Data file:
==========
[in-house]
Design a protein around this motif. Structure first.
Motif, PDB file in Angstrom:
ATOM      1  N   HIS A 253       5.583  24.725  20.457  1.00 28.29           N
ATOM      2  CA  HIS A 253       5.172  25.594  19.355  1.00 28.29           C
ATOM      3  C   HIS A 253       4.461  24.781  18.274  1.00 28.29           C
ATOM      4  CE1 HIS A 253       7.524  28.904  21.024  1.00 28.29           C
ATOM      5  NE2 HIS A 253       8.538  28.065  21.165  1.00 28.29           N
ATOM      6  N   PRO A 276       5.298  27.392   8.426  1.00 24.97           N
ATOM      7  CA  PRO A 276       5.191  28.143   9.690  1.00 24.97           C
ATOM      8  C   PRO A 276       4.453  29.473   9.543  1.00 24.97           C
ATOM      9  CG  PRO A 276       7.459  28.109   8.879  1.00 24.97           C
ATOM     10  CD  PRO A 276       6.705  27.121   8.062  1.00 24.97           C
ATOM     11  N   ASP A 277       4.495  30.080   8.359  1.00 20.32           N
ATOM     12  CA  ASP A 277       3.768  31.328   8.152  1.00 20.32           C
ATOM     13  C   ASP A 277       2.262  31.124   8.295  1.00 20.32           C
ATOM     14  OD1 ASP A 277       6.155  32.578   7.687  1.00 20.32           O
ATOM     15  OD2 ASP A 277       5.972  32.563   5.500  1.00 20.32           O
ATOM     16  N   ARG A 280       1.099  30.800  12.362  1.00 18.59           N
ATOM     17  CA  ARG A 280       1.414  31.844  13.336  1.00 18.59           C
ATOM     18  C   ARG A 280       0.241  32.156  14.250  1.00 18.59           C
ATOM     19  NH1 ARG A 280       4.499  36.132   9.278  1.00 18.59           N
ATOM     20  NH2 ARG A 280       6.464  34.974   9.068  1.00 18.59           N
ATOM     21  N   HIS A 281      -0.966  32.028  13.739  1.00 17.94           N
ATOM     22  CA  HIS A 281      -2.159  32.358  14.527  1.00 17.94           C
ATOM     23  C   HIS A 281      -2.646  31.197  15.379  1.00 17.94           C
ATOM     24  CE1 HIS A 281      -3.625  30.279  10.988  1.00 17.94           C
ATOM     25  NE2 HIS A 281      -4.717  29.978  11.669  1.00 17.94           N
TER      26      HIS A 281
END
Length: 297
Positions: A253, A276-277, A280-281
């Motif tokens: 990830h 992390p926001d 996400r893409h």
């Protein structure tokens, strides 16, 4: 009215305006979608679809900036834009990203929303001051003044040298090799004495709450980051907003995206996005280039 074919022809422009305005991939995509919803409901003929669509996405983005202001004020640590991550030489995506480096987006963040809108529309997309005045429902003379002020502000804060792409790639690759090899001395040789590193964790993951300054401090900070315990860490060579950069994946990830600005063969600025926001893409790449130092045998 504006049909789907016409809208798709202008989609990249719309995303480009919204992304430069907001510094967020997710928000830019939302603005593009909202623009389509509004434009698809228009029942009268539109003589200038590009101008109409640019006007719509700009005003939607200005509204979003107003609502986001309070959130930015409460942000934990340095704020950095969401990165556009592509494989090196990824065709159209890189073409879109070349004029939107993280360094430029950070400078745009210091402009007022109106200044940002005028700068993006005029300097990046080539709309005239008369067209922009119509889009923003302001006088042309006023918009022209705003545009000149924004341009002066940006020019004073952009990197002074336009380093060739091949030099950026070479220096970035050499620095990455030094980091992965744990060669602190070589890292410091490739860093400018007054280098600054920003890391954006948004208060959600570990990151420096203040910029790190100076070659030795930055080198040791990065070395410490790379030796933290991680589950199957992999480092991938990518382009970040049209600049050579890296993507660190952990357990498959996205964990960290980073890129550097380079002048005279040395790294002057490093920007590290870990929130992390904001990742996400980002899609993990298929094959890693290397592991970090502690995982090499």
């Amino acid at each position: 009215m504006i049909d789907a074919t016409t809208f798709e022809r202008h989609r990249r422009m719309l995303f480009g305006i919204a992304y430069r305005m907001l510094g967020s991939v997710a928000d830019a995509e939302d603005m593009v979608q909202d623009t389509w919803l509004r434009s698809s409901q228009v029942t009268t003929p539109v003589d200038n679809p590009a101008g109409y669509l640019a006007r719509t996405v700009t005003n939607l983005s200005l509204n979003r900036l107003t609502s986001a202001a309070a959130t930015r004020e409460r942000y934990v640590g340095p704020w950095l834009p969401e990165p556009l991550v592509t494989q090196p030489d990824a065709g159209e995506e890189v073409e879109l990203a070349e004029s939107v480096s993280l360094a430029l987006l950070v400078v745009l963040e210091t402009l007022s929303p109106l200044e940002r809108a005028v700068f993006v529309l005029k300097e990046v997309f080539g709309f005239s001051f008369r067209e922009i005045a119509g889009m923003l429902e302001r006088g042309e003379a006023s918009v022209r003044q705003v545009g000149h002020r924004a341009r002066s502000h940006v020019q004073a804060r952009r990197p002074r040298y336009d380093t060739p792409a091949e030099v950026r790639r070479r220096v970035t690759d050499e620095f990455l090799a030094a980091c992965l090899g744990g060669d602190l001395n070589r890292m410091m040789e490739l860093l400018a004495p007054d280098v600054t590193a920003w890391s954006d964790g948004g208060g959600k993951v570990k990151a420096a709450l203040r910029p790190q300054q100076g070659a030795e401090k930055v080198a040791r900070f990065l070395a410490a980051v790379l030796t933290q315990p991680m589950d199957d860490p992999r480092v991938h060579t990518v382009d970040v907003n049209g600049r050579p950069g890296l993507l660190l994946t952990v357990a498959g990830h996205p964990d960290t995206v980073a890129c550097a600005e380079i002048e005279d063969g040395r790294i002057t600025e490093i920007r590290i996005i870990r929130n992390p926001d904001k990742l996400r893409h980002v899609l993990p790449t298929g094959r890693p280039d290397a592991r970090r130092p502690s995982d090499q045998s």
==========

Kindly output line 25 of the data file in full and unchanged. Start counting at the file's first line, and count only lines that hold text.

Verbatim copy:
ATOM     22  CA  HIS A 281      -2.159  32.358  14.527  1.00 17.94           C